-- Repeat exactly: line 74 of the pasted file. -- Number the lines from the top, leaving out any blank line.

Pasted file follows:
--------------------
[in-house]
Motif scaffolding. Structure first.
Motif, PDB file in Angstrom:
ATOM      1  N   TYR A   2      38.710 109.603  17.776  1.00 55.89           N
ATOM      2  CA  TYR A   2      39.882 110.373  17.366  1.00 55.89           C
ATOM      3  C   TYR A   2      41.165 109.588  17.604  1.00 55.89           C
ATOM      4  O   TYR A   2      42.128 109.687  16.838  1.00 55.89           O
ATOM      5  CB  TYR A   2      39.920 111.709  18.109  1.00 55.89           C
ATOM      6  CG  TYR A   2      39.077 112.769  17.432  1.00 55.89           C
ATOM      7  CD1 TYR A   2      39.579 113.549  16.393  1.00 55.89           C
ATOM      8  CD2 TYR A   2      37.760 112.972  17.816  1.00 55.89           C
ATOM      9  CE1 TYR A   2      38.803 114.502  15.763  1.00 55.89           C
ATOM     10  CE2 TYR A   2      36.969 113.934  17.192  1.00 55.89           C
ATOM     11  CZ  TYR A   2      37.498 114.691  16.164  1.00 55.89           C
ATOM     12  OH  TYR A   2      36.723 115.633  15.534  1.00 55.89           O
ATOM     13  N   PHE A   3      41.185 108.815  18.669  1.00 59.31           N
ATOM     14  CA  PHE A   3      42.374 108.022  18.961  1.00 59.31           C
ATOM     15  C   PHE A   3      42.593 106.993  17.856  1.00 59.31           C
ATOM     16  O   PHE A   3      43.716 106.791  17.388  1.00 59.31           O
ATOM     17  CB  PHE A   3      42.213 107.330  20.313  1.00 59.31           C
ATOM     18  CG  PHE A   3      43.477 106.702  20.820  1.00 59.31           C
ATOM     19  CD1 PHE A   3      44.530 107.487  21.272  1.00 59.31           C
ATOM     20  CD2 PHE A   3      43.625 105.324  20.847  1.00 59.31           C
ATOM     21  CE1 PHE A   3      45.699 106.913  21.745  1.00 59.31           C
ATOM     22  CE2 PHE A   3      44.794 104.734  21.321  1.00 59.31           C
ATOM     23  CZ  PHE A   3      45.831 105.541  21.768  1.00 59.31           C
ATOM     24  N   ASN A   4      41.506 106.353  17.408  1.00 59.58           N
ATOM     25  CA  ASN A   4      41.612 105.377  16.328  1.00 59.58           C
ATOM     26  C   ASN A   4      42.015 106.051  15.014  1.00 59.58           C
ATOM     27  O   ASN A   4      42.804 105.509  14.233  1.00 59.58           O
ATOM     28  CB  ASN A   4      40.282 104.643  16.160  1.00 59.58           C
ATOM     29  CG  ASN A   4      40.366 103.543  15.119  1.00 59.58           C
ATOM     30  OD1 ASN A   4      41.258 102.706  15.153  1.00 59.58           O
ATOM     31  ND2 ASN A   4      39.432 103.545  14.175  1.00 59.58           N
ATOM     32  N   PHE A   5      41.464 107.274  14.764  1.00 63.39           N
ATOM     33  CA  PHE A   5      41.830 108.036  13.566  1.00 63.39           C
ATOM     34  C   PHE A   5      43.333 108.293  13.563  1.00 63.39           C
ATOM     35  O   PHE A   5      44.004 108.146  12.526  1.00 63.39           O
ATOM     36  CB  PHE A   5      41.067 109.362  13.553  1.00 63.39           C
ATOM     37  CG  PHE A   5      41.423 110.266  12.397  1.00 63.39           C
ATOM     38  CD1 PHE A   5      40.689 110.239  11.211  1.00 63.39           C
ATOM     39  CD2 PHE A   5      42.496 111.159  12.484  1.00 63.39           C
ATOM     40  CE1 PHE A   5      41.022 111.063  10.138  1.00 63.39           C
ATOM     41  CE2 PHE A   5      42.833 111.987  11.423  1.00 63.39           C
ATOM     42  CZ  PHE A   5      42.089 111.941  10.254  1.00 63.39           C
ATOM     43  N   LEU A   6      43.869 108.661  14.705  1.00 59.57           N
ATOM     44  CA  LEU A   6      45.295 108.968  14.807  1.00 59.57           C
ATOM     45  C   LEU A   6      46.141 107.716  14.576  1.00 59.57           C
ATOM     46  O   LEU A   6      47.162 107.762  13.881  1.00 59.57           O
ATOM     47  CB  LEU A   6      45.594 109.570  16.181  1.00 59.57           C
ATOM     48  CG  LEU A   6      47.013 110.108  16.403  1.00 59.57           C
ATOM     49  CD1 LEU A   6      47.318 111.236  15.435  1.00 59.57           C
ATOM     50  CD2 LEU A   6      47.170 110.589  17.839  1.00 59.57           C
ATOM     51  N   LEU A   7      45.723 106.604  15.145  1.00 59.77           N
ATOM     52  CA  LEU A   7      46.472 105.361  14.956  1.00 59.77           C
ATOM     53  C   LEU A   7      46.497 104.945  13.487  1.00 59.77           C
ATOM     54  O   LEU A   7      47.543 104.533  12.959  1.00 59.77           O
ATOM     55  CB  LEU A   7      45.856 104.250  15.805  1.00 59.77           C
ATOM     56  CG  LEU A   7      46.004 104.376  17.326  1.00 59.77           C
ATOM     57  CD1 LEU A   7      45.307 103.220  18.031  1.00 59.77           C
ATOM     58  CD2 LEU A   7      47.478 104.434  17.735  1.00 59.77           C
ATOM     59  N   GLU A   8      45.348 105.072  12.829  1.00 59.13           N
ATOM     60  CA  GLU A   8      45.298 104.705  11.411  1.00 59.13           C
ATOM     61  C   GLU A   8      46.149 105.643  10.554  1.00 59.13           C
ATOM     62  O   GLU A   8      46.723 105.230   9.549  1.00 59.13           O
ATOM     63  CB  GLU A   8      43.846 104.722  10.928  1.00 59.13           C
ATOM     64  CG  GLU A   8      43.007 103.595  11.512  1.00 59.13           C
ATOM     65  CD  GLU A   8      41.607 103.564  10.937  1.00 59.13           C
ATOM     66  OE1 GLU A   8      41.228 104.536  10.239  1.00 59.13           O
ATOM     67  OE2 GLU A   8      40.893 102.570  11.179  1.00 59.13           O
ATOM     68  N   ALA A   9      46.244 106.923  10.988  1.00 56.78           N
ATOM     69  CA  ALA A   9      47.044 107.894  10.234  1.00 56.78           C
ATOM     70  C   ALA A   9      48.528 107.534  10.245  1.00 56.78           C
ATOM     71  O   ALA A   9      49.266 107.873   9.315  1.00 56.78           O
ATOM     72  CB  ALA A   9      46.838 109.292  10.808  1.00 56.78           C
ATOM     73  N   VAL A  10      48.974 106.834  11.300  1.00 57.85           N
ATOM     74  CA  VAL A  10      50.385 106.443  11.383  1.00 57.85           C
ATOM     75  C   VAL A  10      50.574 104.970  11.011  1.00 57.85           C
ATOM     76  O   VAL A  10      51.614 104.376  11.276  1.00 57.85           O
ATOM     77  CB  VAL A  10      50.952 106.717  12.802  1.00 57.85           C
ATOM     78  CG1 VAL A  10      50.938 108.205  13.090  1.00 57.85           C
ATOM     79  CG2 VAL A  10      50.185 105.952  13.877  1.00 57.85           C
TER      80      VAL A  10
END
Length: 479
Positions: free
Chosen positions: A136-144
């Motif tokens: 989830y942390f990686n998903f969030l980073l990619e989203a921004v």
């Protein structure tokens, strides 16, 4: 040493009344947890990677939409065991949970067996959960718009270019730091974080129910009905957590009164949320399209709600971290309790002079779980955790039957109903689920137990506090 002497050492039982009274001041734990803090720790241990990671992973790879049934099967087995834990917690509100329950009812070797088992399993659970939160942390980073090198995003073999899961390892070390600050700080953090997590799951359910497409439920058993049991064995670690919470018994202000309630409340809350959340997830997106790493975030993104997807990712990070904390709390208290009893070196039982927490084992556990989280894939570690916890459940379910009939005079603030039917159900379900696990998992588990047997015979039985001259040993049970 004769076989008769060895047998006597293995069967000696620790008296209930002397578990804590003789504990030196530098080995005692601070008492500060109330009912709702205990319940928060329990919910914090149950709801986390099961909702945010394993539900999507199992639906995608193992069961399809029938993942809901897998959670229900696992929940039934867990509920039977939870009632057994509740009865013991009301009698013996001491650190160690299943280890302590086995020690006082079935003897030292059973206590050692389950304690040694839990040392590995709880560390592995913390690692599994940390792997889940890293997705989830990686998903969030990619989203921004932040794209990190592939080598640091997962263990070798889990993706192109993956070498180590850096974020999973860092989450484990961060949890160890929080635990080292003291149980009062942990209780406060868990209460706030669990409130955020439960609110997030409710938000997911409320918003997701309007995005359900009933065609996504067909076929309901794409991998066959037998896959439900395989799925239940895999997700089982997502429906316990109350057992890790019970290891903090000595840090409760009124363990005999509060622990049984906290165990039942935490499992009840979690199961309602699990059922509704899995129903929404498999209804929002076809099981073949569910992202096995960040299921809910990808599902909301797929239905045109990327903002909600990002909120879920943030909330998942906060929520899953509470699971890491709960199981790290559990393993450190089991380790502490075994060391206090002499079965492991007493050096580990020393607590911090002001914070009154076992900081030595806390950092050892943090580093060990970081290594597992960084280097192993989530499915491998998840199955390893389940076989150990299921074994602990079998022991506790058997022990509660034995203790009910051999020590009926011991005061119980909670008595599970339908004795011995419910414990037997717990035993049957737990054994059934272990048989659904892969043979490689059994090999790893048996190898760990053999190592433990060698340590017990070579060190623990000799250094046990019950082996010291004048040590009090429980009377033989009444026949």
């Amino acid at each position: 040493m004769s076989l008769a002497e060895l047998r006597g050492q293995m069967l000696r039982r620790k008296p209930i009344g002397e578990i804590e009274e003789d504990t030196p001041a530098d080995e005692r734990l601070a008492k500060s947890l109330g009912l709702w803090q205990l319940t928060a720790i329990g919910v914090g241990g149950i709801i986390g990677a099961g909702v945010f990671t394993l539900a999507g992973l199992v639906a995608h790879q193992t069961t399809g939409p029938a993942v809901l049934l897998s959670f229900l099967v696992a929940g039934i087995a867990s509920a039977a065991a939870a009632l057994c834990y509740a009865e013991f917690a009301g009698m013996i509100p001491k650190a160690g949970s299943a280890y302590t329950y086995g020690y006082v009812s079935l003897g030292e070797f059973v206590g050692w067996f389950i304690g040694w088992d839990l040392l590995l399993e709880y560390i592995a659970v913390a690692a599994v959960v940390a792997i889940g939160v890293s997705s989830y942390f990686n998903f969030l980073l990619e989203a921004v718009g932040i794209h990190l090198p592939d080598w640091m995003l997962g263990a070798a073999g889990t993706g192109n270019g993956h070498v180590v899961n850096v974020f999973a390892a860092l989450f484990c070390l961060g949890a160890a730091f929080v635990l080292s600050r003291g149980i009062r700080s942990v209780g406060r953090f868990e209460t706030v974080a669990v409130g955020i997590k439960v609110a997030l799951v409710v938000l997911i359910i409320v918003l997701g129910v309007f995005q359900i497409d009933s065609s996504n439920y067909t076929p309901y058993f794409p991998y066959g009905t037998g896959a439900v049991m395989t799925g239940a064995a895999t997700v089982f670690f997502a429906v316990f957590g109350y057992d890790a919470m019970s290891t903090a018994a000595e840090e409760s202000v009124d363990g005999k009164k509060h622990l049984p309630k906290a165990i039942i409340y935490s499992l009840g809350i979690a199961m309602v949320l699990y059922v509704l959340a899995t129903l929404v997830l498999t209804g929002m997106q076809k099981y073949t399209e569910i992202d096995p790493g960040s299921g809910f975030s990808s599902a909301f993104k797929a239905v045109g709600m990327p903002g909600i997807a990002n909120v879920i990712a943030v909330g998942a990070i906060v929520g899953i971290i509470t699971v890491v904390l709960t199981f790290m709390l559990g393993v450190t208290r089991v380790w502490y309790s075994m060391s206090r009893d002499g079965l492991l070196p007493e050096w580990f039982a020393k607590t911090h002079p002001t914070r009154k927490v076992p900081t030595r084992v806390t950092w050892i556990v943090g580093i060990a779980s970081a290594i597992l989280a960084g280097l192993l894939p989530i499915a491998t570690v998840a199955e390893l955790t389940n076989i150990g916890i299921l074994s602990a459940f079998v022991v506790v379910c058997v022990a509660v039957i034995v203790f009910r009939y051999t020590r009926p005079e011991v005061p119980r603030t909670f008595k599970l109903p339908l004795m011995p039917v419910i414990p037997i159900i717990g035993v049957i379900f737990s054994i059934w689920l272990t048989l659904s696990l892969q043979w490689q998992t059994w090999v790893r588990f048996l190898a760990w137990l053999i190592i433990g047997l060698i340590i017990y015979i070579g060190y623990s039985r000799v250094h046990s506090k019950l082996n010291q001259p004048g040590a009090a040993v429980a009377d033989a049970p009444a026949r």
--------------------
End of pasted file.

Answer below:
ATOM     71  O   ALA A   9      49.266 107.873   9.315  1.00 56.78           O